“The Open Boat” Short Story by Stephen Crane

Stephen Crane’s “The Open Boat” is considered among the greatest short stories in American literature. Written in the late 19th century, it is an example of modern fiction and is different from traditional writing of the earlier periods. The story incorporates the sense of human despair in the face of natural danger and the insignificance of humans in contrast to the forces of the universe. Such philosophical contemplations were specifically popular in 20th century written works which is why “The Open Boat” is considered an example of modernist literature.

“The Open Boat” tells the story of four survivors of a shipwreck who are incapable of fighting the reality caused by natural forces. The ironic narration of the story which uncovers the devastating understanding of the characters’ unimportance in the face of danger, further adds to the work’s modernist aspect. The use of irony to express deep psychological concerns of an existential nature is characteristic of modern literature.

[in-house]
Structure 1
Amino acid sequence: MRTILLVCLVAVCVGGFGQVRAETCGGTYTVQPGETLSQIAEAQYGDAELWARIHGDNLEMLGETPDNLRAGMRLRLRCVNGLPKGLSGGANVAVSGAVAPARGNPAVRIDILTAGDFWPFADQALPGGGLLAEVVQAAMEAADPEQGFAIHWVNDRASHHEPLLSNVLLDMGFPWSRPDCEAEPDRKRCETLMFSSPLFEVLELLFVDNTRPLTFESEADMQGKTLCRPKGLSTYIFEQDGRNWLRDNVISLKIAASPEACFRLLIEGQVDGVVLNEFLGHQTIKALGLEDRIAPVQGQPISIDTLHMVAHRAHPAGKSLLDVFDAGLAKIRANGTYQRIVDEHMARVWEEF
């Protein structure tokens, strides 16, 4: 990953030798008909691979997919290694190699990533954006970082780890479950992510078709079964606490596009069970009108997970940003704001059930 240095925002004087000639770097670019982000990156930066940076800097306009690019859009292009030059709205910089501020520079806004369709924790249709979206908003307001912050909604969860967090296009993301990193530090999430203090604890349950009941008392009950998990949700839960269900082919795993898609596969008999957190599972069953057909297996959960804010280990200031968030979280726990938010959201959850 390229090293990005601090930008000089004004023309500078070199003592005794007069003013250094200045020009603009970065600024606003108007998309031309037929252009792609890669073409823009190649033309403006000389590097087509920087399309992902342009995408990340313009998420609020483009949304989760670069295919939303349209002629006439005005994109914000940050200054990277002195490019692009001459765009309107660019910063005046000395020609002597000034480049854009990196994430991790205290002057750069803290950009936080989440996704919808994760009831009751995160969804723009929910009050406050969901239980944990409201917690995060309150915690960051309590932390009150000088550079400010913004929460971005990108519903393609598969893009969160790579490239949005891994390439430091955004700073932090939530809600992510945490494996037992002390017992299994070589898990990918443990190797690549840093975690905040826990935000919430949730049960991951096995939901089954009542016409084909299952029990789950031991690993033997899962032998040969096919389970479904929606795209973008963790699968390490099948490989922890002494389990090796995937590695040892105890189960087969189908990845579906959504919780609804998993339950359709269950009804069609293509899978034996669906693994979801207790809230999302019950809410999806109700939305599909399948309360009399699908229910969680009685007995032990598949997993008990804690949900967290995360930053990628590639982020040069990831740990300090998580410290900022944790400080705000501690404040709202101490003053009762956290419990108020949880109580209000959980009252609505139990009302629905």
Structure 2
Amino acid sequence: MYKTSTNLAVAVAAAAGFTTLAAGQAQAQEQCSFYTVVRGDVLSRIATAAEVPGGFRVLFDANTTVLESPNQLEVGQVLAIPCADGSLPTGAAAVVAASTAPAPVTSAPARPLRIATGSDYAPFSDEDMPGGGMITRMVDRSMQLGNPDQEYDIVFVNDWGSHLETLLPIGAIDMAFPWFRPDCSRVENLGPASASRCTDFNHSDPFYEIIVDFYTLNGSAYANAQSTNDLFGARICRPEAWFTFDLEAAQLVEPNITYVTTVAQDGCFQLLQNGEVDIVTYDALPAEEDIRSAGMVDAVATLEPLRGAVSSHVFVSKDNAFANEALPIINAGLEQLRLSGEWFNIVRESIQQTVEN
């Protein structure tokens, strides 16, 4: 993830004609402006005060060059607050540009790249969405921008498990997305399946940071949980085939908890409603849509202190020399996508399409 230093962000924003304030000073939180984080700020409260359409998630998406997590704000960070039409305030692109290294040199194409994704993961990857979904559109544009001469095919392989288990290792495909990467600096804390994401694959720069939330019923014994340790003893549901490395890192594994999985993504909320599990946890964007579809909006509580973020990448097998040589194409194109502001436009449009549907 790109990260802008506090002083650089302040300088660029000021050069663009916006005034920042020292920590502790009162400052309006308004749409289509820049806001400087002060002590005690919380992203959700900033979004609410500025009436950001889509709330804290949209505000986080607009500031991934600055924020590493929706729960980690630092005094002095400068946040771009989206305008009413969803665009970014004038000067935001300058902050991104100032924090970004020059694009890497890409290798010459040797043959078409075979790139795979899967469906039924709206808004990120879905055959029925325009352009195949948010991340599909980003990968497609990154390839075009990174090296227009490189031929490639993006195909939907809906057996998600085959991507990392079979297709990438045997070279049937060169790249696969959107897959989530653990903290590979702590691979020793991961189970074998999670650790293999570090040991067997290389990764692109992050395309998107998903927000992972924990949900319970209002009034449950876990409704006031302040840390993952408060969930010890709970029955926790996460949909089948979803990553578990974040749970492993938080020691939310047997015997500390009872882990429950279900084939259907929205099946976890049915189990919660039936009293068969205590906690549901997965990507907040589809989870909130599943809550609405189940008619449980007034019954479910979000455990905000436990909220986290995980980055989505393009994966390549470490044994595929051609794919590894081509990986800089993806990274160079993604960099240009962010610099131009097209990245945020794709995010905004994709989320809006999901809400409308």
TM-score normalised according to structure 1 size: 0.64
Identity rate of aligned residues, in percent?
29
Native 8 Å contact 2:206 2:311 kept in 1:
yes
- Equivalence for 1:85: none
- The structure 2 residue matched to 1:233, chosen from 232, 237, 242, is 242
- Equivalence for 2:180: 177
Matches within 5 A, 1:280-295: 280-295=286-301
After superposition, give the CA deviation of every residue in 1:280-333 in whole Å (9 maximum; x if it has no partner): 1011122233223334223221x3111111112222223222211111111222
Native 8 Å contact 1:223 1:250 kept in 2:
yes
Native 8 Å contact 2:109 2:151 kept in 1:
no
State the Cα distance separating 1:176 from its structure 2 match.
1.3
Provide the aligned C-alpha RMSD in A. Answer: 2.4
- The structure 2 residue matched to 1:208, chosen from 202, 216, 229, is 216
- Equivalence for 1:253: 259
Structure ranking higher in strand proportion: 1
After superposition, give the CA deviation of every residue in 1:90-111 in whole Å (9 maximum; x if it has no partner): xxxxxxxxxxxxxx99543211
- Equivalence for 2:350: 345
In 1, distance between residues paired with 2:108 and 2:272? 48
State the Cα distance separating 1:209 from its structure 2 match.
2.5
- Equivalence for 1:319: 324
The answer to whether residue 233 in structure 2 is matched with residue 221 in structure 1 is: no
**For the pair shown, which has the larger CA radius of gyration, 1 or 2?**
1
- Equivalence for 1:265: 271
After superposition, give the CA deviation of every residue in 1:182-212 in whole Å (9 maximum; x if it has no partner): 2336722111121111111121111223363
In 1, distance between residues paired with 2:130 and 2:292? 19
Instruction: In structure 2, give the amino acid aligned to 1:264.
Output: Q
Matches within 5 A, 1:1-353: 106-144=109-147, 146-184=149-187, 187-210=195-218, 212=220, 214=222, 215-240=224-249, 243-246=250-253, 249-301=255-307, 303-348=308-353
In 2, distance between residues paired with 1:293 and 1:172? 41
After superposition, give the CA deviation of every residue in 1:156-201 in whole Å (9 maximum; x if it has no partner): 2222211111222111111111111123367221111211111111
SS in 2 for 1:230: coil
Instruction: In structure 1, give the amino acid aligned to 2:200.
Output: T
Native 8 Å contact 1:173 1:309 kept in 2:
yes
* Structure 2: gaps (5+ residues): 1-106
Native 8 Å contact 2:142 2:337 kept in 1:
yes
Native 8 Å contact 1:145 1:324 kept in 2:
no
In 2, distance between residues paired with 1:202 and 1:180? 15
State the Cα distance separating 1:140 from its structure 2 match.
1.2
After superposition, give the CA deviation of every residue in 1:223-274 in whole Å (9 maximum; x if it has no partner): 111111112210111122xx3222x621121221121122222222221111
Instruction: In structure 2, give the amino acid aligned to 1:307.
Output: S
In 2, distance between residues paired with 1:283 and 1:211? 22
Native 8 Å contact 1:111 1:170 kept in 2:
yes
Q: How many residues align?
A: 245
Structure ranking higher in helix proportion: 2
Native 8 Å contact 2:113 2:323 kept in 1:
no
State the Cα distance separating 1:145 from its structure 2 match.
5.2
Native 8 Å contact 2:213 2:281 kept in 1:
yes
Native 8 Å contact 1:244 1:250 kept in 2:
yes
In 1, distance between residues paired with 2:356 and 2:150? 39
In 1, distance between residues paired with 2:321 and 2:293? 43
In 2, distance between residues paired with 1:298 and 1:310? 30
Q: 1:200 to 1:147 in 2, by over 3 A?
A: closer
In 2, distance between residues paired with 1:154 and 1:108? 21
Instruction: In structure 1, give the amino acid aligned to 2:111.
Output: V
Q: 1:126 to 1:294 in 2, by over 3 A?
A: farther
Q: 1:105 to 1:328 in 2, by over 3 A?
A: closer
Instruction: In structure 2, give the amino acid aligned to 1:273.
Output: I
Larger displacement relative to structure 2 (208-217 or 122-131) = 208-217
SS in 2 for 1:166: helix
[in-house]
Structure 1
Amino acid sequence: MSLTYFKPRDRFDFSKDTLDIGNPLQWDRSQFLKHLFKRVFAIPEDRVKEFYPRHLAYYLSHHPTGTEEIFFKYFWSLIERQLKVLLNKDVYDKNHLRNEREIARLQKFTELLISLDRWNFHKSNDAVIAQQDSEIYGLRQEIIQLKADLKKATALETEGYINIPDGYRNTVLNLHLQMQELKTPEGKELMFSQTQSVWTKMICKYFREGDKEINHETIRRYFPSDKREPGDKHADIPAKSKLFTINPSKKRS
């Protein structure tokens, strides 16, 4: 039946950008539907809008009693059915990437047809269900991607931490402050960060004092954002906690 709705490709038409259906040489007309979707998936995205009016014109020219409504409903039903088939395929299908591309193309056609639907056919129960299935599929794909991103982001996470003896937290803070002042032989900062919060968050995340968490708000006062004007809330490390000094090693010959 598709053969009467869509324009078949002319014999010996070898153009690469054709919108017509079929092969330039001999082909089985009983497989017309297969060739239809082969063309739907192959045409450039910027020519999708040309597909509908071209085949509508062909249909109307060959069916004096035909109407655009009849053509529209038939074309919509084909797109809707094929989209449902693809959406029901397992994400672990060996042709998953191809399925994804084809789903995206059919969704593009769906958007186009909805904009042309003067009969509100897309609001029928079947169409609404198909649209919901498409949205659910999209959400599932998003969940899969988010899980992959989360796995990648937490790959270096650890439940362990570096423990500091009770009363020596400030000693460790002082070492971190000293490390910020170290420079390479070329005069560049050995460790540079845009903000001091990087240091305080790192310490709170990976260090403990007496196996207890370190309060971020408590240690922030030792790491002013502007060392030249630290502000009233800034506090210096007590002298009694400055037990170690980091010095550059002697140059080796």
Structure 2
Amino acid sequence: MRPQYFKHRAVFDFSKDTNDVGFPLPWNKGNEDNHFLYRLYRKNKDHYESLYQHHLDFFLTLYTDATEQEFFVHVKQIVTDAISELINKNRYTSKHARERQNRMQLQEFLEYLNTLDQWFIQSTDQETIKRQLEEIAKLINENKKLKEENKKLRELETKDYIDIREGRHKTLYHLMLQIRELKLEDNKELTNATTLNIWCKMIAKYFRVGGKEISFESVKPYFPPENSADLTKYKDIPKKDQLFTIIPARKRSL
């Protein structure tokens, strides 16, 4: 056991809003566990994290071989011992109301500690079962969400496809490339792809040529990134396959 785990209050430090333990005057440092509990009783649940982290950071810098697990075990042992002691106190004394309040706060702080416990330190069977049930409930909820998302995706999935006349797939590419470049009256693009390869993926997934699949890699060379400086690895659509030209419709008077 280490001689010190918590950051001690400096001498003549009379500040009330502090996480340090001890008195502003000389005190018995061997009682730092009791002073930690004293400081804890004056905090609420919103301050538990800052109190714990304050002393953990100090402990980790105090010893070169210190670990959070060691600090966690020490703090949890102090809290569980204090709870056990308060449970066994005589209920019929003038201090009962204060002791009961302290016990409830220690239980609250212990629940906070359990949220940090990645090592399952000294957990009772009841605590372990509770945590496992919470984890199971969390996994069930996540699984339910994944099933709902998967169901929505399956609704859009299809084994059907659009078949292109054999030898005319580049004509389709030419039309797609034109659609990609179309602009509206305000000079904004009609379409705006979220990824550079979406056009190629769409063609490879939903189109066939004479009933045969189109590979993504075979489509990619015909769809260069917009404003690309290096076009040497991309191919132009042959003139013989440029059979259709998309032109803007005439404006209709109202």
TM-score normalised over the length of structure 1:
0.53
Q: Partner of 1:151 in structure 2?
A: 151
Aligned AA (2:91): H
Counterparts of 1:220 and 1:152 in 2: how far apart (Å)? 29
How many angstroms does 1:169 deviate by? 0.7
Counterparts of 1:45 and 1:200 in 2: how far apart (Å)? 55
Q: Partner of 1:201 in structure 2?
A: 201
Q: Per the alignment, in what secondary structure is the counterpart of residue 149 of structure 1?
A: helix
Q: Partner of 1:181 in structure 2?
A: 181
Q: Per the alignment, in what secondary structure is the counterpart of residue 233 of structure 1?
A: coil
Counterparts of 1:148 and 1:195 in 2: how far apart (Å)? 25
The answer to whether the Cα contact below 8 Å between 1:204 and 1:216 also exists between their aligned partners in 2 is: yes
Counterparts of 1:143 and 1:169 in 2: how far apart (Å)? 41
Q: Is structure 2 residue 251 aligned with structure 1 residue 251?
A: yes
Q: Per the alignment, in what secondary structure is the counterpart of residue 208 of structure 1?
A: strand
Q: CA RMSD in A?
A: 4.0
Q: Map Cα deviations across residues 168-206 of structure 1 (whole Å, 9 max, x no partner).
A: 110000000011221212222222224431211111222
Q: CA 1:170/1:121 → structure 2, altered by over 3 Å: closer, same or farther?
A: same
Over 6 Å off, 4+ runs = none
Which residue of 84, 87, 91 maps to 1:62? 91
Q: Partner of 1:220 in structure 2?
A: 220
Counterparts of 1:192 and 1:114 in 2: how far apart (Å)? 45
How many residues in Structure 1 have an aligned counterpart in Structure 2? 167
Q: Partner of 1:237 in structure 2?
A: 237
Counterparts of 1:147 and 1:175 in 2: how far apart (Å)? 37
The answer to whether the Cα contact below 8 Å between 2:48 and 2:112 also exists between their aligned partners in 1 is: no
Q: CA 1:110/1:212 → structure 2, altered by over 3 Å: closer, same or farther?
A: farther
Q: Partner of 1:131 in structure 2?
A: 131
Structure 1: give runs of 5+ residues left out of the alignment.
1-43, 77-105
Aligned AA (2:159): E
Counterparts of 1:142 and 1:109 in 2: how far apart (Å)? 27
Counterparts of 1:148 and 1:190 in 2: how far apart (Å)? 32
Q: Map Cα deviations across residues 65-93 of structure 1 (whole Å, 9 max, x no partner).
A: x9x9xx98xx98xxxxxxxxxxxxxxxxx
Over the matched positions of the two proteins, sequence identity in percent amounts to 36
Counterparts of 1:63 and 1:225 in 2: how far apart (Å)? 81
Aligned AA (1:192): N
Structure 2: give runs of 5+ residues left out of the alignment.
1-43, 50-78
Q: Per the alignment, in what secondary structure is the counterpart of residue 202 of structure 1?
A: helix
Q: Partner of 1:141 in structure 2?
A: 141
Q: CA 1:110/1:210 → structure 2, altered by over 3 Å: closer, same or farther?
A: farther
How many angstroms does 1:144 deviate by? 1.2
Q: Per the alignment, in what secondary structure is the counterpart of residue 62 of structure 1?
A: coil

Even though the characters understand their probable fate, through free will all except one can eventually save their lives. This suggests that humans are unable to know anything about reality when facing natural dangers. Crane writes: “it occurs to a man that nature does not regard him as important” (Crane, 2009, p. 23). Being too small in contrast to the scale of the universe, humans are hopeless and unable to save themselves. In this case, the universe decides whether they will survive or not.

Due to the rapid industrialization of the world in the early 20th century, artists and scholars were concerned with the questions of human power versus natural forces. In “The Open Boat”, the key theme is the battle between humans and the universe. Considering the technological advancements of the time period people could be seen as having immense power to create goods from simple materials and fight deadly diseases with new medicines. However, creators such as Stephen Crane found human abilities to be limited. Nature cannot be controlled by people which is why it may prove detrimental to them.


Crane, S. (2009). The open boat. Harper Collins Publishers.

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